Business Analyst tools stink, part 2

This blog was originally posted to the blog on January 13, 2010.

This is part 2 of a 2 part series on the state of BA tools. Be sure to check out part 1 before reading this entry.

Productivity Suite Landscaping

The typical office productivity suite has a multitude of applications that all do different things and provide different value to the user. Each of these tools has their uses, but the uses are broken up into different applications with different file formats. If I want to put a graphic file into the middle of a text document, I have to first create the graphic in a different application, save it to file and then import it into the the document processing application. To me, these is a needless set of steps. Why can I not just create a new graphic file from within my text document?

Lets look at a listing of common applications found in productivity suites and I think you’ll start to see some overlap and similarities here:

Microsoft Office
Open Office
iWork / iLife
Word Processing
Document Publishing


Image Manipulation


Note Taking


Task Management

When you get down to it, in each category there are really only two types of applications. First, we have our layout oriented applications. Word processing, document publishing, presentations, image manipulation, email, note taking and diagrams are all examples of this type of application. You start out with a blank ‘canvas’, add in elements of text, images, lines, shapes, etc, and eventually you have a fully formed document.

Second are what I call 'cell’ layouts. The idea with these is that you have discrete elements of data that you want to quantify and classify. Spreadsheets, task management and database applications all fall into this category.

Making it all Better

Because they have the most robust office quite, I am going to use Microsoft Office as an example of how I would go about leveraging the technology that already exists within their company to invent the office suite of the future. Its not that the other suites don’t have the same problems (or problems of equal or greater stature), but most of us are more familiar with it than the other suites available in the marketplace.

The first change I would make is to ditch the separate applications and create a single base application framework. Instead of opening up each different application to do a specific function, the user would now open up Office. From there, the system would prompt if they want to open an existing file or create a new one from a set of templates. If the user selects the template option, they would then be presented with several different options which roughly corresponds to the individual applications of previous Office products.

Depending upon which type of document the user is working on, the Ribbon interface would display or hide specific sections. If the open document is just doing word processing, then the sections that correspond to Word would be displayed. If the open document is a set of data residing in the file system, then the Excel tabs would be displayed. If the open document is word processing, but has embedded table layouts, then the displayed sections would be a combination of both Word and Excel tabs.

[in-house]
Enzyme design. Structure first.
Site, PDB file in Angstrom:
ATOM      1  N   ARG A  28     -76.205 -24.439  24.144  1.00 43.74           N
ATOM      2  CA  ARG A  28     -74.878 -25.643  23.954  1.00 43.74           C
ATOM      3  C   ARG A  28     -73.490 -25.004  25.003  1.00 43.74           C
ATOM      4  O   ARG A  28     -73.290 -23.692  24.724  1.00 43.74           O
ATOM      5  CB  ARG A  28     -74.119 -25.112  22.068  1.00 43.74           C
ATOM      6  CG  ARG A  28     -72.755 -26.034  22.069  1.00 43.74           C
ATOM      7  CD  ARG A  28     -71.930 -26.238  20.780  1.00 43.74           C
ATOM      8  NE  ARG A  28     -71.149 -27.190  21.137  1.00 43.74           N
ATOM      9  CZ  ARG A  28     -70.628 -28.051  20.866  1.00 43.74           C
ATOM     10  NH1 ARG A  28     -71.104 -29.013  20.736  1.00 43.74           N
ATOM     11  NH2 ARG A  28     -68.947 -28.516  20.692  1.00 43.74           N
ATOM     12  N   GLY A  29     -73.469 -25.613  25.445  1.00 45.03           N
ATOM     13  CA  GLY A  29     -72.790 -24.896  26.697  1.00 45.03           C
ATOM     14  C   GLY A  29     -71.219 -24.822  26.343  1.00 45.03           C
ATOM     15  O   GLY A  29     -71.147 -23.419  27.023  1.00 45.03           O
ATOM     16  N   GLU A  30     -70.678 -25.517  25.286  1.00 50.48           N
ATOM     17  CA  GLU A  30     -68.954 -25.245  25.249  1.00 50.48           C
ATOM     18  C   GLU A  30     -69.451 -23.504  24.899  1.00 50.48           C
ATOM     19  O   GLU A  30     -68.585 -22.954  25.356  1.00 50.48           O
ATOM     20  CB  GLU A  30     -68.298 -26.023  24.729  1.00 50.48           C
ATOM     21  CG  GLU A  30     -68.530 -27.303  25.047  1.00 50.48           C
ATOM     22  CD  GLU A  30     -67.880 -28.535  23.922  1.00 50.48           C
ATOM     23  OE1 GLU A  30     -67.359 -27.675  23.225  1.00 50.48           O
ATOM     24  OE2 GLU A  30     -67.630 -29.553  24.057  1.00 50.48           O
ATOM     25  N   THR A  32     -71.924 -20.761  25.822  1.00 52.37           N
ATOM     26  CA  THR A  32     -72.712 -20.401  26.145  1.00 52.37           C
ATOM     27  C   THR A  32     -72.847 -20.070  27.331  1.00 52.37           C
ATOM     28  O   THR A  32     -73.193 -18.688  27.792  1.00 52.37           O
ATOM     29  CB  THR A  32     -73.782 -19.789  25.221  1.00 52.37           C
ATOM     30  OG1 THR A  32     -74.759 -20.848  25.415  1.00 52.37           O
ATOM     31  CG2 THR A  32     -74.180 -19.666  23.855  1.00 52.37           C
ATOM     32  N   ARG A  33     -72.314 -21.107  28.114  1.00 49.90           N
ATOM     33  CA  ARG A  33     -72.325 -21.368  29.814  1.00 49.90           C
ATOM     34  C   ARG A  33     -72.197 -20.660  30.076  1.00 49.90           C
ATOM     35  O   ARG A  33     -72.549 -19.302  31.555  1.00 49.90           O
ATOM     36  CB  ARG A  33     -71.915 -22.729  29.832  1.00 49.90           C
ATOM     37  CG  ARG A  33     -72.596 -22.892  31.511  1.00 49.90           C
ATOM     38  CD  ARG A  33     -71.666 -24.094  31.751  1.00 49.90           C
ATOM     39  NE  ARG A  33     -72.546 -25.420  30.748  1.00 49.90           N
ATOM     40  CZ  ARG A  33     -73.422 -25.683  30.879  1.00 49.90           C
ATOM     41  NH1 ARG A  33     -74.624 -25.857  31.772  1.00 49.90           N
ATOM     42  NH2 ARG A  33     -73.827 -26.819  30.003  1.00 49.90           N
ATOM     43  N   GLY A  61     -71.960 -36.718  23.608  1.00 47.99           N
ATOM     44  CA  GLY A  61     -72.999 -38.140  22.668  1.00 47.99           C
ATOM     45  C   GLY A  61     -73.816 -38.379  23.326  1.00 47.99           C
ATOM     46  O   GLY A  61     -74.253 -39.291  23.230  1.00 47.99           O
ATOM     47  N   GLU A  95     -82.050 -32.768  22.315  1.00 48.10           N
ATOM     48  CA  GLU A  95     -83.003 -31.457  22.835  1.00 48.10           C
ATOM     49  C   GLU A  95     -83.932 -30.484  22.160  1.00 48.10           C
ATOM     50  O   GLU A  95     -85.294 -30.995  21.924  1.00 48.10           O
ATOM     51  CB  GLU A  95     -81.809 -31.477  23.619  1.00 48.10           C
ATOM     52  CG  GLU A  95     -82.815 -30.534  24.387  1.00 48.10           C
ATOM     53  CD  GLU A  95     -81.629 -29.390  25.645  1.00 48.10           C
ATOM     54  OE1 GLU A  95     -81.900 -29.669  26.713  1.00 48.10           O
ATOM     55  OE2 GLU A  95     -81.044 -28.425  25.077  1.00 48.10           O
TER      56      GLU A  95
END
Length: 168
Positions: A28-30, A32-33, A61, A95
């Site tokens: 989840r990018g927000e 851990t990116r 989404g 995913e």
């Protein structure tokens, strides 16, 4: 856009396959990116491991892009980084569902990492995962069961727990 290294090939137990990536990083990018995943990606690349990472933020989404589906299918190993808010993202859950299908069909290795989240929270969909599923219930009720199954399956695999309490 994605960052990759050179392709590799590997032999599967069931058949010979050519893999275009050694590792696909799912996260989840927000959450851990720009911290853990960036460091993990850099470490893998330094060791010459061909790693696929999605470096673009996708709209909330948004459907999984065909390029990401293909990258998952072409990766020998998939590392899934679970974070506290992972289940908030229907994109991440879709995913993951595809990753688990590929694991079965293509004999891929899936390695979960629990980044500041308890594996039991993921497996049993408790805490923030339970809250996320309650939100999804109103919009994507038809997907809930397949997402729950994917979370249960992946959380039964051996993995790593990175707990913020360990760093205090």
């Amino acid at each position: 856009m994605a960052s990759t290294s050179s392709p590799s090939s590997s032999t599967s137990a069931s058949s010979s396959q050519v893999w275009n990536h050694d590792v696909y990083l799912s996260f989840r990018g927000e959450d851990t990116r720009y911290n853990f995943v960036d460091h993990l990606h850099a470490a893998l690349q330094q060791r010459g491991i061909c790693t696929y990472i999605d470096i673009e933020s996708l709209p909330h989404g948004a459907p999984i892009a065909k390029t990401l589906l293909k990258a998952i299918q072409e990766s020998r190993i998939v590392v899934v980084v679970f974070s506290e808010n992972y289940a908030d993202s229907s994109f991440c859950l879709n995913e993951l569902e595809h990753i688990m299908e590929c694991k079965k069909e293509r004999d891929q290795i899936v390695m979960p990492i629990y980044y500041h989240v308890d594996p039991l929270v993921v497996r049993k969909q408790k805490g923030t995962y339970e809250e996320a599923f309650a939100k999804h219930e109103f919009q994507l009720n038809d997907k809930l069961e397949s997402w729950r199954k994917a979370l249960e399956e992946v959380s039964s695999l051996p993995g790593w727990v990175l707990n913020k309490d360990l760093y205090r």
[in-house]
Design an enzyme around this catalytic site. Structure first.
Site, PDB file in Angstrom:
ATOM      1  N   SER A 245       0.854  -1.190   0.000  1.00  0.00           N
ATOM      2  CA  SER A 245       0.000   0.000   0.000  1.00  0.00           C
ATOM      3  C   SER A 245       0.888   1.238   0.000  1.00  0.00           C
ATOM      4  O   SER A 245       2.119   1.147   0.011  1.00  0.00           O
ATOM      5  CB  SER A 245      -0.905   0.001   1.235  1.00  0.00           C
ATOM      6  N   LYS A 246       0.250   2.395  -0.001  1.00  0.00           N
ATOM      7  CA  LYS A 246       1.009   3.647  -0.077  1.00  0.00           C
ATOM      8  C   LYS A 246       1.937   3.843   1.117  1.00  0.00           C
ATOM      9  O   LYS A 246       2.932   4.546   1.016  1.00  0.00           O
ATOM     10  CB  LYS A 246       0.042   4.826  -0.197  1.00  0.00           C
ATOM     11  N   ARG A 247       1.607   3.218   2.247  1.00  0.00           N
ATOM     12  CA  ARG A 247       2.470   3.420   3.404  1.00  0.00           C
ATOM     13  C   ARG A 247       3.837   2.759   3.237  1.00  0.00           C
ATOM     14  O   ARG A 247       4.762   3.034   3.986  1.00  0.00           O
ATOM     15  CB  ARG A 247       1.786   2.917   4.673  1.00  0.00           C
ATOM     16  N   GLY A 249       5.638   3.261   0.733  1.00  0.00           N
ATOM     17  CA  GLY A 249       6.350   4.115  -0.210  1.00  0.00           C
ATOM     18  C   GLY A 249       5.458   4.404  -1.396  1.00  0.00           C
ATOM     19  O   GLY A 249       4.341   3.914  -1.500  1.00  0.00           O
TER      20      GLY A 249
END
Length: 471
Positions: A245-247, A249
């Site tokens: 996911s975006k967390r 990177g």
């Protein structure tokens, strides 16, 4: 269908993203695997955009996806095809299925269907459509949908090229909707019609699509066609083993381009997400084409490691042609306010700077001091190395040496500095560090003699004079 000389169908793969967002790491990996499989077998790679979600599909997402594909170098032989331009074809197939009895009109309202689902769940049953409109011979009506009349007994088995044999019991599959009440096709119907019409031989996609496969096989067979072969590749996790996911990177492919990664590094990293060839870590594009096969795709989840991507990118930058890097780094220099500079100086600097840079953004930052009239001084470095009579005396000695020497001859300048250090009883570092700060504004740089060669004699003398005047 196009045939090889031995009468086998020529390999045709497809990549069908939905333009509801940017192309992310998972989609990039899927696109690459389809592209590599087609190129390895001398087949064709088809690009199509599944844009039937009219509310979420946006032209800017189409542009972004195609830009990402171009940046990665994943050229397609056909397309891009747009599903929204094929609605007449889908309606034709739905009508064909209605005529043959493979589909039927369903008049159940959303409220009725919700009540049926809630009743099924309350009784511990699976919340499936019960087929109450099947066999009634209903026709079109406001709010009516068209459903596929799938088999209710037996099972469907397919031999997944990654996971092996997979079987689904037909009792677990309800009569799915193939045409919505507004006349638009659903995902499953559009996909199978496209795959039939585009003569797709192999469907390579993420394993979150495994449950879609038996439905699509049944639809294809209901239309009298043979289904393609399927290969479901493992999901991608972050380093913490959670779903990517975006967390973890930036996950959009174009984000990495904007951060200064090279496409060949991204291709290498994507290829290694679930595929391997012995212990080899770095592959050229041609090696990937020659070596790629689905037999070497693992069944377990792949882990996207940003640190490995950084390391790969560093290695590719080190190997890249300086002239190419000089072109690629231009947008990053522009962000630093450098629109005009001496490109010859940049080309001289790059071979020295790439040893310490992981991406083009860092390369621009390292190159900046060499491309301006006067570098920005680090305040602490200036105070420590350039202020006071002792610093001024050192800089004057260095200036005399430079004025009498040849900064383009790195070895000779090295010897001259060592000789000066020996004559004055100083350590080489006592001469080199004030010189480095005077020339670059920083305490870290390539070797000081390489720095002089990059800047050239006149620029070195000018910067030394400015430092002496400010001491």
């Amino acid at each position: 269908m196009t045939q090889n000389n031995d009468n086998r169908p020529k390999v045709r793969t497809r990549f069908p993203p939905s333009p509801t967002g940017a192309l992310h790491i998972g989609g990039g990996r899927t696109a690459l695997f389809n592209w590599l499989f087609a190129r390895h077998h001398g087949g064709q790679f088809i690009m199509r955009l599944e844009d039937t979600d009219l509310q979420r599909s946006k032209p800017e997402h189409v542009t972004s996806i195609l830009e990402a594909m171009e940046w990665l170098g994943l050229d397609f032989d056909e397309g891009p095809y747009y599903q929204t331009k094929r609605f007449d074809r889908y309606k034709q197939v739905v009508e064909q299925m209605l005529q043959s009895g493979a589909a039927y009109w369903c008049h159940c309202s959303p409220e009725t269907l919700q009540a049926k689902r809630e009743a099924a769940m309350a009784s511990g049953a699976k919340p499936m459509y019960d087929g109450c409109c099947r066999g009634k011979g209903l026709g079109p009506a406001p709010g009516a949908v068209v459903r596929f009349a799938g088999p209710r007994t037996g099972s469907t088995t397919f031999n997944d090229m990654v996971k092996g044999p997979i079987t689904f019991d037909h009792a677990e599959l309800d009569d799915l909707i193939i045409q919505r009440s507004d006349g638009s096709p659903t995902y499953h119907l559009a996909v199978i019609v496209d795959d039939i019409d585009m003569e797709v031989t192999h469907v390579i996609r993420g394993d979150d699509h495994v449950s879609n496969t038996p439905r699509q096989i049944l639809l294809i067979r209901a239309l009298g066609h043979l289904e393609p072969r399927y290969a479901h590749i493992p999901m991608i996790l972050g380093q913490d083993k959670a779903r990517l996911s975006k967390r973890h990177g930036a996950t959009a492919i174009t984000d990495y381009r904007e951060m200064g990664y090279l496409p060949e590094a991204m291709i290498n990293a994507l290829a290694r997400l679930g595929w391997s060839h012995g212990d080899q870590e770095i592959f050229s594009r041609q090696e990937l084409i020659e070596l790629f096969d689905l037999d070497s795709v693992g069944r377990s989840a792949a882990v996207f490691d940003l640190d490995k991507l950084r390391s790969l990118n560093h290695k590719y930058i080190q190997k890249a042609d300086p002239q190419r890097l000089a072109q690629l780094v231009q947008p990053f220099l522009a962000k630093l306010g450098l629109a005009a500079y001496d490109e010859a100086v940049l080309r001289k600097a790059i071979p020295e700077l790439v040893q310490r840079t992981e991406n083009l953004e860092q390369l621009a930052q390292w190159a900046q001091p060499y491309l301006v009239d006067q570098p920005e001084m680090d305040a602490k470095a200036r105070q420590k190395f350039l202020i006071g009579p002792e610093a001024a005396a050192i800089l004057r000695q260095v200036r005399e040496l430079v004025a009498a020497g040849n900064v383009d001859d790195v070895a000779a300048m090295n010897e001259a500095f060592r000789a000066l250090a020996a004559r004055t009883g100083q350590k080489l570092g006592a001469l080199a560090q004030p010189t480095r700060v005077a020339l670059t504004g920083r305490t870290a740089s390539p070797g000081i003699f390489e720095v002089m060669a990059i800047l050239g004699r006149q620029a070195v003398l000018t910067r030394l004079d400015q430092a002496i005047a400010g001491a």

My next change would be to the file structure itself. No more do we have .docx, .xlsx and the various different formats by application, but we have a single, unified file format. This .offx file is nothing more than a zip file with the existing file formats embedded and linked within it. This would not only save all of us hard drive space, but would allow for easier movement of files between different sources. This way, if you have a movie file linked to a document, when one file moves, they both move.

Lastly, I would make three additional integration enhancements:
  • Enhanced document revisioning = Give me something akin to Apple’s Time Machine, but within a document. I need to be able to run backwards and forwards through a document and see exactly how it changed and who made the changes.
  • Enhanced autosave = If you haven’t tried Google docs, do so for this one feature. If you make one additional keystroke within a document, it is immediately saved. Never again do you need to worry about losing a document if the power goes out. Why this isn’t implemented in non-web office suites is a complete mystery to me.
  • Collaboration = Office does allow for a limited amount of collaboration, something that Microsoft is currently enhancing, but it generally requires a centralized server to perform this work. Because all changes would be autosaved to the document, a specialized server is not really necessary for each editor to be instantly aware of changes another editor makes, in real time. This is another way in which Google Docs outpaces Microsoft’s offering (although in all fairness, there is no real 'client’ application with Google, its all server).
That leaves us with the problem of default settings. From a technical standpoint, this would be easy to change, but I feel it is honestly the more difficult problem to fix, namely because most people don’t see it as a problem. Sure, they may not be pleased with the limitations enforced by an 8.5x11 piece of paper, but have they ever really thought about why those limitations are even there? I cannot tell you how many of my customers and even how many of my managers have been tied to a physical piece of paper and liked it; couldn’t get enough of it. For our tools to truly improve and mature, this mentality must go.